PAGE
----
Monday, June 2, 2008
1. Any occasion on which two or more cyclists--typically, but not always, of comparable ability--are riding on the same course at the same time. All riders need not be aware that the ride is competitive for it to be a race.
Ladd and I met up Saturday morning for what would ordinarily be a fairly easy 70 miler. The first 10 miles or so we didn't even bother trying to get in a paceline; we just rode side by side, chatting, discussing the Giro, and not really pushing it too hard.
Once we got to the first of the two climbs, we settled into a rhythm, and I pulled up the first pitch. I felt fairly strong and left it in the big ring as we made our way up a moderate hill. Towards the top, Ladd made the comment that we were really moving. I looked at my heart rate monitor: 178. Yeah, I was going too hard, so I backed it off a bit.
Ladd took the lead, but didn't back it off as much as I'd have liked. He opened up a small gap, which I was content to let him have. There's a false flat before the final three mile pitch, where we regrouped, caught our breath, and agreed that neither of us was looking forward to finishing the climb.
Which is not to say that we took it easy. Ladd continued pushing the pace and opened up another gap. He runs a standard double crank, while I've got a compact. So when it got steep and he was out of the saddle, I was just spinning in an easy gear. I gradually started reeling him back in. Towards the top, I could tell we were both hurting, so I decided to try and pull in front. I accelerated and moved past him. I expected he'd let me go considering we still had another 50 miles to ride, but instead he latched onto my wheel. I accelerated again hoping to drop him. He stayed on. Finally, I shifted up two gears, got out of the saddle, and attacked, hoping to win the imaginary King of the Mountain points at the top. He tried to follow, but had nothing left. Unfortunately, neither did I, and after about ten cranks, I sat back down. I looked at my heart rate monitor: 192. Tactically speaking, this was not my best move.
Fortunately we had a five mile descent on which to rest our legs and spin out the lactic acid. Would have been nice to have a five mile descent that finished at my driveway, but instead it finished in the Payette River Canyon, which meant a moderate but consistent headwind for the next 25 miles.
We put our heads down and pushed through the canyon, without saying much for the first ten miles or so. I was starting to fade and needed to eat something, so I sat up and reached for my jersey pocket. A few weeks back, Fatty wrote about the "best jersey pocket food ever." I'll admit that I've never actually tried it as he recommends--plain avocado on white bread--mostly because we almost never have white bread in the house. But I did have my variation on this theme with me today: turkey, avocado, and cheese wrapped in a flour tortilla. Without having tried the original, I cannot categorically state that mine is better, but I've got to think that a flour tortilla is better than bread just because of the squish factor.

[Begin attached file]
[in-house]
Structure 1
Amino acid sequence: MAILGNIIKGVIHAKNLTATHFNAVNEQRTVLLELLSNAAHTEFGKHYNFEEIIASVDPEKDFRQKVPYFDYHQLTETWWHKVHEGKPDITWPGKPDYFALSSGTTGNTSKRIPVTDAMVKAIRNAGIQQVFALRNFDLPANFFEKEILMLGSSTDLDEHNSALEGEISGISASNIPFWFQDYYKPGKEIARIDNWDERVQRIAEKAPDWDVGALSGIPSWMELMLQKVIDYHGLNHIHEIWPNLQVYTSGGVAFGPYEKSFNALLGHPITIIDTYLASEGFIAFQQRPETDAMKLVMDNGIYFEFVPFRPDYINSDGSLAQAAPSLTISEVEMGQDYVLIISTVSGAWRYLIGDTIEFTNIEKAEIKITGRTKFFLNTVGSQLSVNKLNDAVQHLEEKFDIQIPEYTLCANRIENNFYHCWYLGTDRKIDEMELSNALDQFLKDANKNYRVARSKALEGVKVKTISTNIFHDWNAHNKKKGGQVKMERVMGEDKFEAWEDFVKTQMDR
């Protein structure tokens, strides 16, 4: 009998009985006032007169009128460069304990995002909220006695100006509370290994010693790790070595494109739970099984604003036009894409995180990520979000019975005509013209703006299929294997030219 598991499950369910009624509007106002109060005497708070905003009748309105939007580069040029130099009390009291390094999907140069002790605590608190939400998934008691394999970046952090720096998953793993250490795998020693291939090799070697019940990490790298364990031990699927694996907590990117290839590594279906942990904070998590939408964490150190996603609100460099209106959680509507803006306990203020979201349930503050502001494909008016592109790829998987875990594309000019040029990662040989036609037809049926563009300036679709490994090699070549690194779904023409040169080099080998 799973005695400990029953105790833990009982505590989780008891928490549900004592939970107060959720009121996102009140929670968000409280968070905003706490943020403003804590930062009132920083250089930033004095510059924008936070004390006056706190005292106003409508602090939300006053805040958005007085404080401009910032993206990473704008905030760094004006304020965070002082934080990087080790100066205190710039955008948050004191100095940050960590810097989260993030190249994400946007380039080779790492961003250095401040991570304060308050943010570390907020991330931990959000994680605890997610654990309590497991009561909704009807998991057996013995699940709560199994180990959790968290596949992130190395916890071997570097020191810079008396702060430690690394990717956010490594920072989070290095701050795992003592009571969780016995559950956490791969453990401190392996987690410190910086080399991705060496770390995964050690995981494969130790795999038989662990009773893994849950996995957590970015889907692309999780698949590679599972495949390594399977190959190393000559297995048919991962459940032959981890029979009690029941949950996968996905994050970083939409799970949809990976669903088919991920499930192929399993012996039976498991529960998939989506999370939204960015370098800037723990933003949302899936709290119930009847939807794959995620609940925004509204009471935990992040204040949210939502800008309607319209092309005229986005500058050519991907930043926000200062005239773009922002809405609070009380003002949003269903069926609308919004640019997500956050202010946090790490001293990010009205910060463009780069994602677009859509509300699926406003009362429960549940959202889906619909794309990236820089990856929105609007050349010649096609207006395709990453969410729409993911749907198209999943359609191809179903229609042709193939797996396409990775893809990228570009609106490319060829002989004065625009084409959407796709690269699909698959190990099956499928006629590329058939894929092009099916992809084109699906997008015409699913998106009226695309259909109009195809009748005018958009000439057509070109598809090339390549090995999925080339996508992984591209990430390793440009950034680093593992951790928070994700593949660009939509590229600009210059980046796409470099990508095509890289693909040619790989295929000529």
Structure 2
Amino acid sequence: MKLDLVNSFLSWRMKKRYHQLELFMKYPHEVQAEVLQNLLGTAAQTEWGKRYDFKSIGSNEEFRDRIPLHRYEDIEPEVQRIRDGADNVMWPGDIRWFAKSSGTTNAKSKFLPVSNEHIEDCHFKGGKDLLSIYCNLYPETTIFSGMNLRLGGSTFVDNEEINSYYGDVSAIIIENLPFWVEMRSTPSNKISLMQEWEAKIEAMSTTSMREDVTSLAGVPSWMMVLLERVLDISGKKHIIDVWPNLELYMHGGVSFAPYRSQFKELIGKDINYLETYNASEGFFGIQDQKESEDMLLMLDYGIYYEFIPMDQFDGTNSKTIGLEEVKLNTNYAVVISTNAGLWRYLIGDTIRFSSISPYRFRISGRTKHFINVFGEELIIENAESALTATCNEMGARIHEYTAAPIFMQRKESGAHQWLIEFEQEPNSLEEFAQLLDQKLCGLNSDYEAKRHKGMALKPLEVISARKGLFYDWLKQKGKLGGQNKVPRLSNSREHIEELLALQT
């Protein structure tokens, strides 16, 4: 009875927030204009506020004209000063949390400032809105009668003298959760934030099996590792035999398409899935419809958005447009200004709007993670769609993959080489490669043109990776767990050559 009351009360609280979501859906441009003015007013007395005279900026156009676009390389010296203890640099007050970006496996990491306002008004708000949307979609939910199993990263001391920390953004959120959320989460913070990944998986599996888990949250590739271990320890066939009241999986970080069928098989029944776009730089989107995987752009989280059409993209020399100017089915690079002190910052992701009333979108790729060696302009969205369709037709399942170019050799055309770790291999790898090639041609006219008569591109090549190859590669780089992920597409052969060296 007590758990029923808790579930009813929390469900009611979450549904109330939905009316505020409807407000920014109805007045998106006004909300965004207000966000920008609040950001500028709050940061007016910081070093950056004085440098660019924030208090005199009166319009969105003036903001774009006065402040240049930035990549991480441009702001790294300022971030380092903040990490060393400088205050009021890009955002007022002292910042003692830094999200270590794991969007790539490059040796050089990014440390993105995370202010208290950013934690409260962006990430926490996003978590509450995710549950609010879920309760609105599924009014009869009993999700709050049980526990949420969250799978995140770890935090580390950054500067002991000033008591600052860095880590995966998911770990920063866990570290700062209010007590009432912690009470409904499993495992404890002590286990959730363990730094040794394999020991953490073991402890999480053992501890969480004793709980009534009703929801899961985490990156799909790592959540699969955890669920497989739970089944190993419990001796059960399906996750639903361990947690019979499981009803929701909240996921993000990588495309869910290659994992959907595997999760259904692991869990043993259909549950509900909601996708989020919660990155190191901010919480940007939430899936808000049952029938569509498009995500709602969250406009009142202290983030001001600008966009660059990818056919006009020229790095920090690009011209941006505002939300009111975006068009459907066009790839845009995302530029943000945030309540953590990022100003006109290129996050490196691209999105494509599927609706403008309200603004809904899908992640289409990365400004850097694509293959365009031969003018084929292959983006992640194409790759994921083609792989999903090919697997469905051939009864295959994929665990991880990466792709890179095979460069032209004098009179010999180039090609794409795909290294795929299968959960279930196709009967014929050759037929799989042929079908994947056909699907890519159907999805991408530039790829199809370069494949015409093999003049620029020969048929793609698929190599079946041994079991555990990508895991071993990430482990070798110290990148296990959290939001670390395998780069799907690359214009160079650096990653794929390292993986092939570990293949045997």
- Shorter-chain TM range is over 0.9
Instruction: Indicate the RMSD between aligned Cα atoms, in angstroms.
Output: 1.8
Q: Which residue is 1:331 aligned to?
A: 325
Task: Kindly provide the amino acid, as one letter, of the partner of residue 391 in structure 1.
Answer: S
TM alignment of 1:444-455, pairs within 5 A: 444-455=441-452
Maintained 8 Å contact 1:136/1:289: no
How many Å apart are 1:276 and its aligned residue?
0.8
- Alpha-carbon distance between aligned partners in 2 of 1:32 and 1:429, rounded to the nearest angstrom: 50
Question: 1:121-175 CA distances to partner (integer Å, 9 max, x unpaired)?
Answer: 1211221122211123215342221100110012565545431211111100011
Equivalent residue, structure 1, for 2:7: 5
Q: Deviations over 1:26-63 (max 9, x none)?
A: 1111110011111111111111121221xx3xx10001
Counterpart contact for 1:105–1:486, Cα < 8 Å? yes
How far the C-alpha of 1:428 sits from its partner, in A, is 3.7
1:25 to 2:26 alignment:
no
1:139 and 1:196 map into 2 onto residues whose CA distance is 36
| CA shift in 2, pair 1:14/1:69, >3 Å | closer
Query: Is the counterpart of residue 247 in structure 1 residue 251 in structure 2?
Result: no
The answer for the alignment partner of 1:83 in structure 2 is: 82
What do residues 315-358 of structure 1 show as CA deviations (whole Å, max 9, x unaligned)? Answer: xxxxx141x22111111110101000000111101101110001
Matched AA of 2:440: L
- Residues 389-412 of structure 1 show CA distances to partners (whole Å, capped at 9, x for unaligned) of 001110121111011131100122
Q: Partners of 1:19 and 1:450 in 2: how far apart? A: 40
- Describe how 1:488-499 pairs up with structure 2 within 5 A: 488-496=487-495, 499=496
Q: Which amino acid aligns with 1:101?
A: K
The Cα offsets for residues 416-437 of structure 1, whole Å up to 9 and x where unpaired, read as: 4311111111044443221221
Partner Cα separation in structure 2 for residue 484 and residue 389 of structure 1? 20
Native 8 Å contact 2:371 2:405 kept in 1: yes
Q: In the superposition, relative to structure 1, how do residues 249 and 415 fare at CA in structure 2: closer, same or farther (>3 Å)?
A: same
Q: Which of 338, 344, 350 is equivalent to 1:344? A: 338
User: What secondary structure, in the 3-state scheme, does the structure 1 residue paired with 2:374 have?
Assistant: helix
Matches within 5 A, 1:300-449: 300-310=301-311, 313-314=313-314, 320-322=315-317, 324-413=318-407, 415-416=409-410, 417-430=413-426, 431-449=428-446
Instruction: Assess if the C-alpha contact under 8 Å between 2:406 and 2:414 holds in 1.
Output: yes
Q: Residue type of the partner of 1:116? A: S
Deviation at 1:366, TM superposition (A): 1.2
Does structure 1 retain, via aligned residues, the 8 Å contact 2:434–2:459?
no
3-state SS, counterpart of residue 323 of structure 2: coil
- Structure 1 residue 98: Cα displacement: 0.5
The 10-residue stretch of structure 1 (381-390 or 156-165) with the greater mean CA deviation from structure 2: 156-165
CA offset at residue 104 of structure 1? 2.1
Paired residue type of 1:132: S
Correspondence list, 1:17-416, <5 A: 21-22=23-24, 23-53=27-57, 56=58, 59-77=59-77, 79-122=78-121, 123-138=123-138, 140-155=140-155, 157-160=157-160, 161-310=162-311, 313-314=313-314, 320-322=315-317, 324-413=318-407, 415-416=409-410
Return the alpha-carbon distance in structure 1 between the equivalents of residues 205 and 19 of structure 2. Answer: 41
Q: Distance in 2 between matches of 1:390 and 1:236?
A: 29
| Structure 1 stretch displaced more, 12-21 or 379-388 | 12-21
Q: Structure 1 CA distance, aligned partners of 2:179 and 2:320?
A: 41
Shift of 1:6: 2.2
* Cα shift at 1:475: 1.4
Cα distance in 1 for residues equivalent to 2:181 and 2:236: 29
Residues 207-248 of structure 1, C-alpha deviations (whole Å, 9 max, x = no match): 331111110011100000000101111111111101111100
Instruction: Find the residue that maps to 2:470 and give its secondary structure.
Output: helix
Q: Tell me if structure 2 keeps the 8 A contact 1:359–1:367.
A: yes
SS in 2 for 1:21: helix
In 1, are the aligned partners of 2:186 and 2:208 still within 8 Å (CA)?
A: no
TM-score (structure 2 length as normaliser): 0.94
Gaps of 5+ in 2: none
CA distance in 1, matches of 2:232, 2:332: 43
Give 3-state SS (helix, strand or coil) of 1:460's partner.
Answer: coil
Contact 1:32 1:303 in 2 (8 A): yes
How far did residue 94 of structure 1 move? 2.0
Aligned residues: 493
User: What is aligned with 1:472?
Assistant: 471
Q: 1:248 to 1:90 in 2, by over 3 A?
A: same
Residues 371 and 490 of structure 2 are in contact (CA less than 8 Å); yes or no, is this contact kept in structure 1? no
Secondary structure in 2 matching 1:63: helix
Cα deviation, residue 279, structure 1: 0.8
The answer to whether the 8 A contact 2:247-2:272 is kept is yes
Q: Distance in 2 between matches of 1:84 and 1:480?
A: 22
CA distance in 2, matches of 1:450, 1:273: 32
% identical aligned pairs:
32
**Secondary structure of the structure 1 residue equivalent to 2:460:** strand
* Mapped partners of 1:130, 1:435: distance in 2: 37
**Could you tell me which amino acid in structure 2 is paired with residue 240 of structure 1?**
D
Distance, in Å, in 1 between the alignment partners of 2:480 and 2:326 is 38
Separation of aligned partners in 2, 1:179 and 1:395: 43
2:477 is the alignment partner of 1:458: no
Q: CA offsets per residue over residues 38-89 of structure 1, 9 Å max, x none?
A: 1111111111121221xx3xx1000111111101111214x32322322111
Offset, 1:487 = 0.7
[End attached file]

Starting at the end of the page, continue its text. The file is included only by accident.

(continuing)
I've been experimenting with on-bike food lately to try and get a better understanding of what my body can tolerate on long rides. I know from experience that I cannot tolerate straight energy food for more than a few hours. I get to the point where I know I need to eat, but I just can't get myself to eat any more. I'm trying to figure out whether if I eat normal food as much as possible during the first hours of the ride, my stomach will better tolerate gels and blocks later in the ride.
So far, I've found three things that I tolerate well: turkey & avocado wraps (I can take or leave the cheese part, avocado must be salted), fruit (apples and bananas, though these are best picked up from an aid station and eaten immediately), and coca-cola (in the water bottle, on the rocks). I'll continue playing around with this, particularly as my rides get longer in preparation for Lotoja. One thing I know for certain I will be skipping is Red Bull. Unless I feel like I'm going to die. Even then, I'd rather just have a coke.
With a turkey-avocado wrap and some coca-cola in my belly (Ladd had some concoction he described as being similar to vanilla cake batter), we were ready to get back to business and push until we got to Emmett where we could stop and refill our bottles.
I'm always delighted to visit a convenience store and encounter happy, helpful clerks that don't laugh at my lycra. Usually if I smile and ask politely, they're glad to let us have free water and ice. In this case, I grabbed a bottle of coke as well. And Ladd learned when purchasing his peanut nut roll that you CAN use a debit card for a purchase of 53 cents.
One good climb and 22 miles to go with full bottles and stretched-out legs is a good feeling. Ladd wasn't willing to let me take it easy on the climb up Old Freeze Out, though. Had he not been in front, I may not have noticed the large snake sunning itself directly in our path. From the top of the last climb, it's just a flat to rolling grind back home. Usually at this point, I can smell the barn and have some extra snap in my legs trying to get the ride over with. On this occasion, however, we could smell the barn and then some, as our course took us past about 160 acres of feedlot, directly upwind.
The last ten miles after the feedlot seemed to go by quickly, though I was surprised how tired my legs were. I thought for sure that having already done a century on my mountain bike that riding 70 road miles would be a piece of cake. I was wrong. I went way too hard on that first climb and blew a lot of my reserves. By the time I rolled into my driveway, I had logged a little over 70 miles and 3,000 feet of climbing. Not really that big of a deal, yet all I had left was two servings of over-cooked leg from the Bonketeria.